The age of the structures, the trees, the roads-the Curriers were awestruck by the awesomeness that the very things they were looking at, were the same that Jesus and others from His time would have looked at and walked on. For instance, the trees in the Garden of Gethsemane are around 3,000 years old. Rev. Kathy says she “found it crazy” how the people who live there walk pass Jacob’s Well and other Biblical landmarks without any recognition daily. She recognizes, “They are used to it, but for us, it was an amazing experience I don’t know if I could ever get used to.”
For this American couple, the journey was an emotional one. Both found it touching to lay eyes on the Star signifying Christ’s birthplace. The Grotto, which means underground, is the spot that marks where Jesus was born. All forty from their bus gathered to sing “Away in a Manger.” Many of the original locations of historical significance from scripture have had churches built on top of them.
Jericho, the world’s oldest city, was another stop on their journey as well as the Mount of Olives where communion was shared. Each site was narrated by their tour guide, a UCLA trained archaeologist who then returned to his native Israel to receive both Masters and Doctorate degrees in archeology as well as being trained in five languages. “He was a wealth of knowledge,” both Curriers agreed.
The food followed a Mediterranean diet consisting of a lot of fish, salads, figs, almonds, and hummus. Kathy says the natives are not big meat eaters and instead focus on fish and fresh fruits and vegetables. Fresh baked breads were served at most meals but without butter as is customary in America. Other foods they experienced were cheeses and falafel, a common staple of fried chickpeas and herbs. Jim fondly recalls eating fresh pomegranates. Since the area consists of predominantly Jews and Muslims, food is served Kosher making pork a taboo food item.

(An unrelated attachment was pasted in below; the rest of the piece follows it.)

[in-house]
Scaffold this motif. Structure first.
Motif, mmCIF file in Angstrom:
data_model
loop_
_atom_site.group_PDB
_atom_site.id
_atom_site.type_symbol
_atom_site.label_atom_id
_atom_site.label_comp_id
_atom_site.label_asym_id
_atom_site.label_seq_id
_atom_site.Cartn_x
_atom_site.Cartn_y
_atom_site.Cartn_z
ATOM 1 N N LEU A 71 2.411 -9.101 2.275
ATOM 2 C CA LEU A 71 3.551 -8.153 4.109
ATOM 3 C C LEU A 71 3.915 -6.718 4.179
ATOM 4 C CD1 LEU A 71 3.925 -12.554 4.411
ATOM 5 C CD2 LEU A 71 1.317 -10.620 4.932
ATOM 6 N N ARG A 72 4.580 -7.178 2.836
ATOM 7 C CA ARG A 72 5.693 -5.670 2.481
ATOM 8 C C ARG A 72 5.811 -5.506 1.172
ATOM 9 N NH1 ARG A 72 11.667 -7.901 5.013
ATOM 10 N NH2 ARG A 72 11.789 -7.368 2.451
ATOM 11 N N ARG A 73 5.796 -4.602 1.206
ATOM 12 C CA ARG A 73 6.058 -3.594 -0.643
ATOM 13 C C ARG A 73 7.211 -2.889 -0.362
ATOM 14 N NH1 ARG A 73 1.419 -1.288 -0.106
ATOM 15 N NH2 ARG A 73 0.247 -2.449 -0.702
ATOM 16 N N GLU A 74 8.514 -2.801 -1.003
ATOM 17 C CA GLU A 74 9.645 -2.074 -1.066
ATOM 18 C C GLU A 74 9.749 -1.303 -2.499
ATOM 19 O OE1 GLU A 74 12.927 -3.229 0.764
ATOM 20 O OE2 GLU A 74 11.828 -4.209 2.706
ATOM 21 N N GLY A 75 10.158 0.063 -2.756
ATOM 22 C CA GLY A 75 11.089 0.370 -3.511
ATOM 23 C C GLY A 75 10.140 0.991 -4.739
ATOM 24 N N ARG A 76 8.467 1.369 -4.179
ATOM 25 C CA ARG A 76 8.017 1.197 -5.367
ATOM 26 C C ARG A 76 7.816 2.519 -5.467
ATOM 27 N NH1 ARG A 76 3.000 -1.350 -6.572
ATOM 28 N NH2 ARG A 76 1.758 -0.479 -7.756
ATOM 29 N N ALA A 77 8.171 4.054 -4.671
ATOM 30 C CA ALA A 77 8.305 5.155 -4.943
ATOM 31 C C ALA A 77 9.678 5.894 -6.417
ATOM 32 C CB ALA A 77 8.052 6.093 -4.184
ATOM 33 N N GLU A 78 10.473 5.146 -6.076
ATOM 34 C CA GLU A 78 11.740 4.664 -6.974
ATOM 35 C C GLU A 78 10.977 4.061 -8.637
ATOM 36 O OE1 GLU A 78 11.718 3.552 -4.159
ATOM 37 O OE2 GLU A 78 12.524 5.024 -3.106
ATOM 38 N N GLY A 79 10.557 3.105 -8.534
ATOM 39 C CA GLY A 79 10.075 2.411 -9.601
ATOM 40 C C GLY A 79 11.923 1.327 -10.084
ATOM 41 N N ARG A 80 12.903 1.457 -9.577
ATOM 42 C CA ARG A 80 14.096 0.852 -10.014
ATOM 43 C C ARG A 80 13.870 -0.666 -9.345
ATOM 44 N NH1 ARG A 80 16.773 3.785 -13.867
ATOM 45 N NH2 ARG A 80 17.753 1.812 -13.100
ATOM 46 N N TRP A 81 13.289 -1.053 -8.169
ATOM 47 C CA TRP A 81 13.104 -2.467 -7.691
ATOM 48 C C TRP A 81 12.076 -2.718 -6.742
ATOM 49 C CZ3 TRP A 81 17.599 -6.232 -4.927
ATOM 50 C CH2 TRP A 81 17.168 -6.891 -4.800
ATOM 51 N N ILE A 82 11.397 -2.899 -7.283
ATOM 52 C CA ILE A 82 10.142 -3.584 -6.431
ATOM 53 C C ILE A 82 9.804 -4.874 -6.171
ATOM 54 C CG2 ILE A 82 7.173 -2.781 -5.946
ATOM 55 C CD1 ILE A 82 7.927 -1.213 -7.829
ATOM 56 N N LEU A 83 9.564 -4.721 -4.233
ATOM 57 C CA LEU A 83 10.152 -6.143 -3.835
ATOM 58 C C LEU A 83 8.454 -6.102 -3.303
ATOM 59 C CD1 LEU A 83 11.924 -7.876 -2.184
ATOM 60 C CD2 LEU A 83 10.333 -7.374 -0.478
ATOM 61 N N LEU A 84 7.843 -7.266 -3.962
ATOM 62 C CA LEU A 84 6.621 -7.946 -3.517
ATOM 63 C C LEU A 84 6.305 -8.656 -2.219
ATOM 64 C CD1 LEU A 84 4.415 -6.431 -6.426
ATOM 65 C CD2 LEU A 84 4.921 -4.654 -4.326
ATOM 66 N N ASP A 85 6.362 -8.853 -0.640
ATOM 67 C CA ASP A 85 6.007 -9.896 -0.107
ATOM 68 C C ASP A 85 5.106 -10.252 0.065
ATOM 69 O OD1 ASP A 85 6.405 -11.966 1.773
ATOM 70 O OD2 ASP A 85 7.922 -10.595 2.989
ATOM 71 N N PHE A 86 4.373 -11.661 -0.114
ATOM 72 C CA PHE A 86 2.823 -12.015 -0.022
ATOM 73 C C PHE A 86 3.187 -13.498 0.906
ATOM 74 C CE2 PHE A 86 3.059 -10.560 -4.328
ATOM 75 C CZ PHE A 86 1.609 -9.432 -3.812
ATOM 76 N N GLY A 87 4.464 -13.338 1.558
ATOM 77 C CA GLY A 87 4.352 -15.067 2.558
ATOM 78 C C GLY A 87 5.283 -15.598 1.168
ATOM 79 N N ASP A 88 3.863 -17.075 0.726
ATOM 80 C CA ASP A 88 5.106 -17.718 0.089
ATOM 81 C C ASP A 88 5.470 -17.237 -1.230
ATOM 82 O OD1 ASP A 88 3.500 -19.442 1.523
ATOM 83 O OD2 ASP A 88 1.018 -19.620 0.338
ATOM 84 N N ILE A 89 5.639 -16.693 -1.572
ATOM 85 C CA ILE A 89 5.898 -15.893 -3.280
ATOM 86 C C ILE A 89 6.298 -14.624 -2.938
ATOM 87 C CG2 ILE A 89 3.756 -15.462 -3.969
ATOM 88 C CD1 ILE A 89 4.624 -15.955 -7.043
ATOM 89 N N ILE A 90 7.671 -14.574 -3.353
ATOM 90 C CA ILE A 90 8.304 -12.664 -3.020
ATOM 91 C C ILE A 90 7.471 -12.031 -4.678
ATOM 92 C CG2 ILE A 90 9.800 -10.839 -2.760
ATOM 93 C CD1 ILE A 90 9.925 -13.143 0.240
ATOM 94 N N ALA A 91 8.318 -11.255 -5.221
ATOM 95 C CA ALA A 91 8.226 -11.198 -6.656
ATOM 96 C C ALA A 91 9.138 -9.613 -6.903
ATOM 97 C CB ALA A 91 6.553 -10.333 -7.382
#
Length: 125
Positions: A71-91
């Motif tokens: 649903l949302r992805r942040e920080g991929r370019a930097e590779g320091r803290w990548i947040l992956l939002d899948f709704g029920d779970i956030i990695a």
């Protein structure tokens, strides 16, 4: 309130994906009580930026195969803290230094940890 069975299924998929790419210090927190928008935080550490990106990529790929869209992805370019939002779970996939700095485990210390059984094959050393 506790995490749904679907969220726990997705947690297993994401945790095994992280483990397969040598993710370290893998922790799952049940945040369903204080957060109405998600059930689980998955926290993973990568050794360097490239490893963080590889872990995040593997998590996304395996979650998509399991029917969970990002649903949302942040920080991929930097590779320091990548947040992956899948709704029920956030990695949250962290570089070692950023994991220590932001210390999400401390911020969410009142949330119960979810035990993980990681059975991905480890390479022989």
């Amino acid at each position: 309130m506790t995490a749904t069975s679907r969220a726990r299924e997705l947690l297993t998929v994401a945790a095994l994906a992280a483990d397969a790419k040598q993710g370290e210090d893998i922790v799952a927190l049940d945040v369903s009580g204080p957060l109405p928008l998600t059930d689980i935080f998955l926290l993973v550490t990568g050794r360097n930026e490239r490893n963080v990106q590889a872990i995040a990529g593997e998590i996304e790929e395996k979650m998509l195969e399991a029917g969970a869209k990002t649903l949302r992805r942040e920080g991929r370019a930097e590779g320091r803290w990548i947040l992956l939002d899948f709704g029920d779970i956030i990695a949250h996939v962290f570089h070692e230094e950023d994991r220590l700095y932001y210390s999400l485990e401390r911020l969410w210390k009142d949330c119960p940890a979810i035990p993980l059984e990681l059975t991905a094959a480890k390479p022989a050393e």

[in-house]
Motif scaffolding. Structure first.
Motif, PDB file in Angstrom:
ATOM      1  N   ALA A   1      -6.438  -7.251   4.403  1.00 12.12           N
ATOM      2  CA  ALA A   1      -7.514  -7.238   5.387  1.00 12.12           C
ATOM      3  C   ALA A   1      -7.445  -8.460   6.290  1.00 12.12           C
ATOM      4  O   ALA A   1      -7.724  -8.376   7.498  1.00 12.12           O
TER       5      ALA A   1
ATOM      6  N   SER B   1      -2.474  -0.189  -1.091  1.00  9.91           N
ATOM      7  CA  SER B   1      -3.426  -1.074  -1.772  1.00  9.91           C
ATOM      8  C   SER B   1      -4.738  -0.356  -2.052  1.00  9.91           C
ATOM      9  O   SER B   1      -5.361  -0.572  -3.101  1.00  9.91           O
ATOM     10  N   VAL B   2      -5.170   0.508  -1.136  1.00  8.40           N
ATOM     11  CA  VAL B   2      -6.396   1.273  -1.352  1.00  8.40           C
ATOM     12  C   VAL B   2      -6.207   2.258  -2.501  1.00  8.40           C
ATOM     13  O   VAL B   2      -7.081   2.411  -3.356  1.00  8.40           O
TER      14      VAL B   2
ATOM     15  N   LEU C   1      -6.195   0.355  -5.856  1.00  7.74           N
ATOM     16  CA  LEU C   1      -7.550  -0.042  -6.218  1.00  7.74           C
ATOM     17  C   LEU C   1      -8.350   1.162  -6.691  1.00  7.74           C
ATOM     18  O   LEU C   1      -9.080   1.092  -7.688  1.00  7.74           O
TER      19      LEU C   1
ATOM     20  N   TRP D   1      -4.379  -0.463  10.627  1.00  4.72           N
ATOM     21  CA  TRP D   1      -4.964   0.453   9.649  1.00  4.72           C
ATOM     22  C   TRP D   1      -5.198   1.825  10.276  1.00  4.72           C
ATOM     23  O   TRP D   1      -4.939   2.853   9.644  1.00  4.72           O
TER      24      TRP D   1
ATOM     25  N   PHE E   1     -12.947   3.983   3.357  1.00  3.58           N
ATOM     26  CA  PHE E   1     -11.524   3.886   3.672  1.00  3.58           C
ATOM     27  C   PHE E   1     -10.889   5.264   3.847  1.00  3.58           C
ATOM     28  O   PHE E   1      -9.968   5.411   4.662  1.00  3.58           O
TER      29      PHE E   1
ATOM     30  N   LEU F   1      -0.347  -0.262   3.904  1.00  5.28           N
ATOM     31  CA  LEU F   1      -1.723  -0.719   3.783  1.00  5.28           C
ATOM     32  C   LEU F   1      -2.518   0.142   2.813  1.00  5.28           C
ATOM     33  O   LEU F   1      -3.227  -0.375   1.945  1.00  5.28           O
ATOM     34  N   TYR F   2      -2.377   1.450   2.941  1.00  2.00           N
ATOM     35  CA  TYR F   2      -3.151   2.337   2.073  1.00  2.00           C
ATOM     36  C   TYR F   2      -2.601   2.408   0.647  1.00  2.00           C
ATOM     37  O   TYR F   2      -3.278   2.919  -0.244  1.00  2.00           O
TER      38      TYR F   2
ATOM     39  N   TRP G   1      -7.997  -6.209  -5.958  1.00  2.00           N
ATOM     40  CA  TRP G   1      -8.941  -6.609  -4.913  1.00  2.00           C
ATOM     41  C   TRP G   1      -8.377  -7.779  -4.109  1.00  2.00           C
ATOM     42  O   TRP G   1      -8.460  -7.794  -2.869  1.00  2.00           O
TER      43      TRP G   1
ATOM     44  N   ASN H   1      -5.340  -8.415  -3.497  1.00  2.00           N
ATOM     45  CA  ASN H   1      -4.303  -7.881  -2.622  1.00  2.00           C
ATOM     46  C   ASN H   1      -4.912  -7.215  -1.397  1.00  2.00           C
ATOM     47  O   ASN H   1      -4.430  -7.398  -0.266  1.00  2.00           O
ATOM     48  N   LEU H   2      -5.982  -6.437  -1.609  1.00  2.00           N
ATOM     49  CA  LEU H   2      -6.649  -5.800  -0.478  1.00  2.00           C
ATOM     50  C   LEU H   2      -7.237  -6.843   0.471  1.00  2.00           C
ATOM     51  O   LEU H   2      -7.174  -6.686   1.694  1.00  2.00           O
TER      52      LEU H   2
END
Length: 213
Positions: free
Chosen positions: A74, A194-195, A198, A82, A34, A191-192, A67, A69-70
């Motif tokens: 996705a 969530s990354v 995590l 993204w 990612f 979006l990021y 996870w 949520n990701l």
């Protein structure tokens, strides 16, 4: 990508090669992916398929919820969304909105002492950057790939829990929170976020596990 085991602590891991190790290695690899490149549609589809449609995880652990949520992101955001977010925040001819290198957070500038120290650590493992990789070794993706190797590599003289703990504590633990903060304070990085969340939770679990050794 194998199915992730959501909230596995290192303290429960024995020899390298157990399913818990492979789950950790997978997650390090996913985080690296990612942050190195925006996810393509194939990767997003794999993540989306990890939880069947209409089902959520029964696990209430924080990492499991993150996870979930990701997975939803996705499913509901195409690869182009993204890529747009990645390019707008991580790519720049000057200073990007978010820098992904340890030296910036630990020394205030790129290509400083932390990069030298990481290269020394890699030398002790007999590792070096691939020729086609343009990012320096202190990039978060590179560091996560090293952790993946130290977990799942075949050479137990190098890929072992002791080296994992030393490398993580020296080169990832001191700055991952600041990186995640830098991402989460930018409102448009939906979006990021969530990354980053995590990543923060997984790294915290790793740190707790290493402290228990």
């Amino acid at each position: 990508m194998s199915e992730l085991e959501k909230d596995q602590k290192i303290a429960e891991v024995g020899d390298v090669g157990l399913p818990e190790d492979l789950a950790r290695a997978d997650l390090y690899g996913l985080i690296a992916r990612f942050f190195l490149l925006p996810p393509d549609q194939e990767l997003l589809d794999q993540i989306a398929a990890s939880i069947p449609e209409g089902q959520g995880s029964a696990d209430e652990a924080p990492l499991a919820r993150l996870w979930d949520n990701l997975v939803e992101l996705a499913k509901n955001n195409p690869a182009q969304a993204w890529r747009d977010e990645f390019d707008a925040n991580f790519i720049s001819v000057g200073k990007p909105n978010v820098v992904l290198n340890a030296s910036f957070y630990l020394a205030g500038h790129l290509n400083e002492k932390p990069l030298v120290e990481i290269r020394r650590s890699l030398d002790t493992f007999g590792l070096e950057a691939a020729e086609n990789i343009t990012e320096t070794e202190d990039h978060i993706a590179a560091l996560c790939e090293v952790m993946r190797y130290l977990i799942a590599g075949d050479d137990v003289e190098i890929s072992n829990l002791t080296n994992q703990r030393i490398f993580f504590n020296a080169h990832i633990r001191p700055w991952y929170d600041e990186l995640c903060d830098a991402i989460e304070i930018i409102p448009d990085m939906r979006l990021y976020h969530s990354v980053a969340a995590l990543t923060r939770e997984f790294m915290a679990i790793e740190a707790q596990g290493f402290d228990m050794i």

Other emotional experiences for the group included the Via Dolorosa, the “Way of the Cross” the pathway where Jesus carried His cross. “Much of this is uphill where He carried His cross,” Kathy explains. As a direct result of the Via Dolorosa, the couple say they will experience Easter differently this year.
They also visited the original pit where Jesus was lowered and spent the night the day he was arrested. They took stairs and once gathered all sang an emotional “Were You There?”